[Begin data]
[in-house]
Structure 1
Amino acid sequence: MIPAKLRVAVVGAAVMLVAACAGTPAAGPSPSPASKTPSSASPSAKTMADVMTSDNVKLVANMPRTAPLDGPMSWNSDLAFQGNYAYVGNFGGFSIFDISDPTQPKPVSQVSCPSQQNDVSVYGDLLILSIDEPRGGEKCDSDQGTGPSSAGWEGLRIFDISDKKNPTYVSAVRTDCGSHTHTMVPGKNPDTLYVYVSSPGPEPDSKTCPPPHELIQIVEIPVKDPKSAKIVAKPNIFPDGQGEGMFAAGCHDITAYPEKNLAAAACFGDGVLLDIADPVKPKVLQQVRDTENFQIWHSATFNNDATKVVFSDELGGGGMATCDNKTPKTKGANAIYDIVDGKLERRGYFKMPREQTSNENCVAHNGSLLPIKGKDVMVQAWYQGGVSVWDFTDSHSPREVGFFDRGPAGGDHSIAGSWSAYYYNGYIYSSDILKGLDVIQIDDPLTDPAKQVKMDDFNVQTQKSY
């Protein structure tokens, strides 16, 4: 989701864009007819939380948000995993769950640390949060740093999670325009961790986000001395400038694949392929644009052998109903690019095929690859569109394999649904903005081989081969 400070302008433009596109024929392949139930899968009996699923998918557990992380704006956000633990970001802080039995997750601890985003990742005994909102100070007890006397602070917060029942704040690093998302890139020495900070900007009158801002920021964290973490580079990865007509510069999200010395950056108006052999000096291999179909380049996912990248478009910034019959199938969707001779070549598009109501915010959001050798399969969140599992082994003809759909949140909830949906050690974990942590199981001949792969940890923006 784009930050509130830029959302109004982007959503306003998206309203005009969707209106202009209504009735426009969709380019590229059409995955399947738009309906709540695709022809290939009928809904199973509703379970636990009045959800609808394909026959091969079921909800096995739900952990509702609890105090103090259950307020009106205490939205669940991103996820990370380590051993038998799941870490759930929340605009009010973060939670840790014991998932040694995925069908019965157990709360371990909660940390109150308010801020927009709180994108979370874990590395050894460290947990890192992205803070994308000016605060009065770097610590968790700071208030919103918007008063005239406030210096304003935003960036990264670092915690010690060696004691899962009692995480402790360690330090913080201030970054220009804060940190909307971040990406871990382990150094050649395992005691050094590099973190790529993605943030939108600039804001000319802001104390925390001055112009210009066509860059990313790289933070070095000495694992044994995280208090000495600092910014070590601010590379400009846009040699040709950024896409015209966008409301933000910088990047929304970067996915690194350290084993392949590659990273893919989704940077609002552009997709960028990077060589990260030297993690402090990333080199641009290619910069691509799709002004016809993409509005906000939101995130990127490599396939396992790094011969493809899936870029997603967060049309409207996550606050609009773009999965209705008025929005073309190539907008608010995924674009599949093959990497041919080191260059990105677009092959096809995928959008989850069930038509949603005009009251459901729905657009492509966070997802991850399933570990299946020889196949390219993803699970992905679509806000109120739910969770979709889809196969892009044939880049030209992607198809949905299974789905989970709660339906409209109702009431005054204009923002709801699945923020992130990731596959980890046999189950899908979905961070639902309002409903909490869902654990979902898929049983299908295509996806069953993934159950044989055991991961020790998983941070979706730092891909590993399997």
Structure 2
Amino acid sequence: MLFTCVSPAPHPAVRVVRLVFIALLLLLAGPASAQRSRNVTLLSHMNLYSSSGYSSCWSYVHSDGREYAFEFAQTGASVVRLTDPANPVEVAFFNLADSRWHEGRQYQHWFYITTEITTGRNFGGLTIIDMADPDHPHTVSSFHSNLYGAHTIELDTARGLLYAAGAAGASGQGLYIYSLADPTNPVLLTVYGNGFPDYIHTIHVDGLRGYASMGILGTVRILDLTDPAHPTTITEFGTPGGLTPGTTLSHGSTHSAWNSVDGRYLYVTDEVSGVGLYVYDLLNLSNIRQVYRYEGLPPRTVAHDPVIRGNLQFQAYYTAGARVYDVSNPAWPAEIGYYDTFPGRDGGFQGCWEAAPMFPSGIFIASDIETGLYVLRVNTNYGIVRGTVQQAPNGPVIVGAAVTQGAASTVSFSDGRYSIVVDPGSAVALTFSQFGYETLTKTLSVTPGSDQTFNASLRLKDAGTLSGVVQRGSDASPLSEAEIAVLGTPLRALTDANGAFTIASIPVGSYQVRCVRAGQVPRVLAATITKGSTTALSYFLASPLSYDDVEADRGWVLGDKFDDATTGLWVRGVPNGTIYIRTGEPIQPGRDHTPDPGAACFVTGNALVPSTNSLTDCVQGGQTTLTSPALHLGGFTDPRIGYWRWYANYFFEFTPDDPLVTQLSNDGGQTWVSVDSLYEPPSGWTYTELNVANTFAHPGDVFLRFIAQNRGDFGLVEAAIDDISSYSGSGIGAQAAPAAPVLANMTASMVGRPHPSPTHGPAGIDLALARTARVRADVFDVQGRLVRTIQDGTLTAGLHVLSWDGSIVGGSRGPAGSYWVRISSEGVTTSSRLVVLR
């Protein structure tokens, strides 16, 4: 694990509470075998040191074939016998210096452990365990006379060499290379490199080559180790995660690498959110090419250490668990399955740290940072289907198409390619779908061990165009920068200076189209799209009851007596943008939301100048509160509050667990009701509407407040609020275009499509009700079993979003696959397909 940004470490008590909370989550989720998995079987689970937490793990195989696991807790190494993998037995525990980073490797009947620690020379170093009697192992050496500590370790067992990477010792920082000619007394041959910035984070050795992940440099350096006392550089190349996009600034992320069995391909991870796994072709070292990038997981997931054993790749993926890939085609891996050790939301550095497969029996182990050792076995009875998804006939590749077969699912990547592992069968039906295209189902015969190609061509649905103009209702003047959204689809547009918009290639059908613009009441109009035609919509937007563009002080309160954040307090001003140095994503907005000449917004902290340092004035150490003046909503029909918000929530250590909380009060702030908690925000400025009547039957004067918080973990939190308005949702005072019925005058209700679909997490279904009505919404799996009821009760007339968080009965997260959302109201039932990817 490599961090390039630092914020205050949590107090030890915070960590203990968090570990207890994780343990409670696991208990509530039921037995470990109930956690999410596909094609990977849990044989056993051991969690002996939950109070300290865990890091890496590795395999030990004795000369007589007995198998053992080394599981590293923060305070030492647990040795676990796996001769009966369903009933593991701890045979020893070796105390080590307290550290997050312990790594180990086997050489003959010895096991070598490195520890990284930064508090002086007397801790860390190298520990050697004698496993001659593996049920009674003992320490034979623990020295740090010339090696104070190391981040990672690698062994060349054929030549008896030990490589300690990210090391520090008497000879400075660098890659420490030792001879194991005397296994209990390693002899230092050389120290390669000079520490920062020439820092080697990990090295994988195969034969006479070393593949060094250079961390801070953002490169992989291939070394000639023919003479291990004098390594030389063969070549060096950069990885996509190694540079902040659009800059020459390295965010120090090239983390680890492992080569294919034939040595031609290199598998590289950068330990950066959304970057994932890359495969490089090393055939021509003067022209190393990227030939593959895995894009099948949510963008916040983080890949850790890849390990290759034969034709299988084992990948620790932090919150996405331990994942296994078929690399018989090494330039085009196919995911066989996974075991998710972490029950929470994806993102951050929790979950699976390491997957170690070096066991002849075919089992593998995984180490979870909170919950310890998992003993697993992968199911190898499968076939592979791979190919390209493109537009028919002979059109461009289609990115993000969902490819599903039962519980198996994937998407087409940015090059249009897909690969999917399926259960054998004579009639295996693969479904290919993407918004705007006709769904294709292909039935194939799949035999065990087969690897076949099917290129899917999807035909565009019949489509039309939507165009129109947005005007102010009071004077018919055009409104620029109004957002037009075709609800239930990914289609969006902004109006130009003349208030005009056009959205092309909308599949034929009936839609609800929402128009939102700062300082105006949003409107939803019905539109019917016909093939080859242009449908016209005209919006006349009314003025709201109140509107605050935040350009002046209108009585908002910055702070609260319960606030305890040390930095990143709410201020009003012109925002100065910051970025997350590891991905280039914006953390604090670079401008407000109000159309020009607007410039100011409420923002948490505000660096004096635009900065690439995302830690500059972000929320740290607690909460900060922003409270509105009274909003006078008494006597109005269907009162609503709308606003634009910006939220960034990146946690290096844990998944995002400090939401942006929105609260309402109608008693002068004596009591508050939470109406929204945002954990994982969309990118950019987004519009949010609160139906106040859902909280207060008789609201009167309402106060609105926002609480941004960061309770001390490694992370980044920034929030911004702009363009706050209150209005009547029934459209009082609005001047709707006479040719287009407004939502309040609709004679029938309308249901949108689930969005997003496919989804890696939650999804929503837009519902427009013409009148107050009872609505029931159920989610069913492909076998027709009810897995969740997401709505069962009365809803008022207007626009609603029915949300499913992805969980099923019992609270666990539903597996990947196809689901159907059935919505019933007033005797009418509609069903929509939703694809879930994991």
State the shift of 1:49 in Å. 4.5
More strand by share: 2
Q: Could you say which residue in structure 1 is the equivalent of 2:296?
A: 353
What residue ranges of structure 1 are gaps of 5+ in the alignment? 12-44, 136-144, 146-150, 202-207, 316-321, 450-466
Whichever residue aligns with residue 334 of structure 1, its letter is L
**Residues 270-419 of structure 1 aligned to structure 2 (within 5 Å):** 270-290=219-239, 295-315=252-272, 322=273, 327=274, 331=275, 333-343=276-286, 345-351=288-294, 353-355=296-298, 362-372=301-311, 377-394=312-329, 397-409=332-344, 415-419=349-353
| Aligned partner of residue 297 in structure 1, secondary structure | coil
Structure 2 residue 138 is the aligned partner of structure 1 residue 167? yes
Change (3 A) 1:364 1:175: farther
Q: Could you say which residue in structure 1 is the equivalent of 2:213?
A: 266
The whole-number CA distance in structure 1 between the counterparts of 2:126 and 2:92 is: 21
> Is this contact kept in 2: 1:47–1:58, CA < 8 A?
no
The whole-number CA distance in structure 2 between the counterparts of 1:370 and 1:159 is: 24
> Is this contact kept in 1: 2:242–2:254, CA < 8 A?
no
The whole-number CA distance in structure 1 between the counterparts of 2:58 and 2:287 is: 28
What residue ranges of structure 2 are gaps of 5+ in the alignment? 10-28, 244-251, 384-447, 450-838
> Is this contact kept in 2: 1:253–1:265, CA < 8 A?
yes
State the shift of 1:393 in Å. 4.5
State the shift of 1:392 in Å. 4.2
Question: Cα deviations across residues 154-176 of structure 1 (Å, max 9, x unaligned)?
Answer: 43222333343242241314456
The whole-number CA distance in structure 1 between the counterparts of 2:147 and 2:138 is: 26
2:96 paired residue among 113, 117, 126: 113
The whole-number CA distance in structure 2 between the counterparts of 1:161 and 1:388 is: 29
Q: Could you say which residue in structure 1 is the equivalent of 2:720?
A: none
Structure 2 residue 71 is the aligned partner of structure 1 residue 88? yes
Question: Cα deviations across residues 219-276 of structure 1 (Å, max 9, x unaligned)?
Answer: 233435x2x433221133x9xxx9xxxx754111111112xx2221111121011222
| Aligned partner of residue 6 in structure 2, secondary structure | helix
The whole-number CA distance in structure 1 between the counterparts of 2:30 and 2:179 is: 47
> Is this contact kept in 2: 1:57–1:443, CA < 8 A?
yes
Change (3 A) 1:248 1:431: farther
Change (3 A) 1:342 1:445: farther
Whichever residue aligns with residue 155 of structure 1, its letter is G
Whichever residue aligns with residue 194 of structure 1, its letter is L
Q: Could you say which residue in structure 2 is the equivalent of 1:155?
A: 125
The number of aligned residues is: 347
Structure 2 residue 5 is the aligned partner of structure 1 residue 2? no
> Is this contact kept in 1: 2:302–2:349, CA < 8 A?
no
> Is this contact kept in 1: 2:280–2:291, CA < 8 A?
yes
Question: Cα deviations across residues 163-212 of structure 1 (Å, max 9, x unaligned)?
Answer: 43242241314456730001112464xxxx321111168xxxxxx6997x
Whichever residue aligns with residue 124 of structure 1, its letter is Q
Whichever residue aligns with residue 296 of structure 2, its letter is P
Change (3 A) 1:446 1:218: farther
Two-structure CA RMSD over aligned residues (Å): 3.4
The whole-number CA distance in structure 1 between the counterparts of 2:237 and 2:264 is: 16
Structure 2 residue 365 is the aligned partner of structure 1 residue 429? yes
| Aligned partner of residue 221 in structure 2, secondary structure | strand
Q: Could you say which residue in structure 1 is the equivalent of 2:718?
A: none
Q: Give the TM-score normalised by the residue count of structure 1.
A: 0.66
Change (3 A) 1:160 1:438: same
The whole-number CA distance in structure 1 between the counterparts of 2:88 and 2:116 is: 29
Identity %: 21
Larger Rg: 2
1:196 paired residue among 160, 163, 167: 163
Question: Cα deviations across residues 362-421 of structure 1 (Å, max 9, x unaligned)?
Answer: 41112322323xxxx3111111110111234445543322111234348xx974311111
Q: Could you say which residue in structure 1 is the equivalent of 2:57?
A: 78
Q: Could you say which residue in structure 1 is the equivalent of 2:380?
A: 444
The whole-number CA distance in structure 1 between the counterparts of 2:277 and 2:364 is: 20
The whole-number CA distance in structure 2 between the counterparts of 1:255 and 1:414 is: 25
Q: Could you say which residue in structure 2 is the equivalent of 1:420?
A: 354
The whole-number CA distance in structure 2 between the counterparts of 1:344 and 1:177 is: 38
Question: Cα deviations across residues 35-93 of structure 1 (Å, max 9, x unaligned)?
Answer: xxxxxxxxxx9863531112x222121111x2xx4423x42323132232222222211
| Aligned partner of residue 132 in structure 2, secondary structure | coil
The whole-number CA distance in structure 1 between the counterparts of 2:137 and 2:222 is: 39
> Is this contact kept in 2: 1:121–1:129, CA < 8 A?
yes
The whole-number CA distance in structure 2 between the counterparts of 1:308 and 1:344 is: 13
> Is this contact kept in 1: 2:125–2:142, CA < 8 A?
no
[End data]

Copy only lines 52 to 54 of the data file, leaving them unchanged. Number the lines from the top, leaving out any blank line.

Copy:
The number of aligned residues is: 347
Structure 2 residue 5 is the aligned partner of structure 1 residue 2? no
> Is this contact kept in 1: 2:302–2:349, CA < 8 A?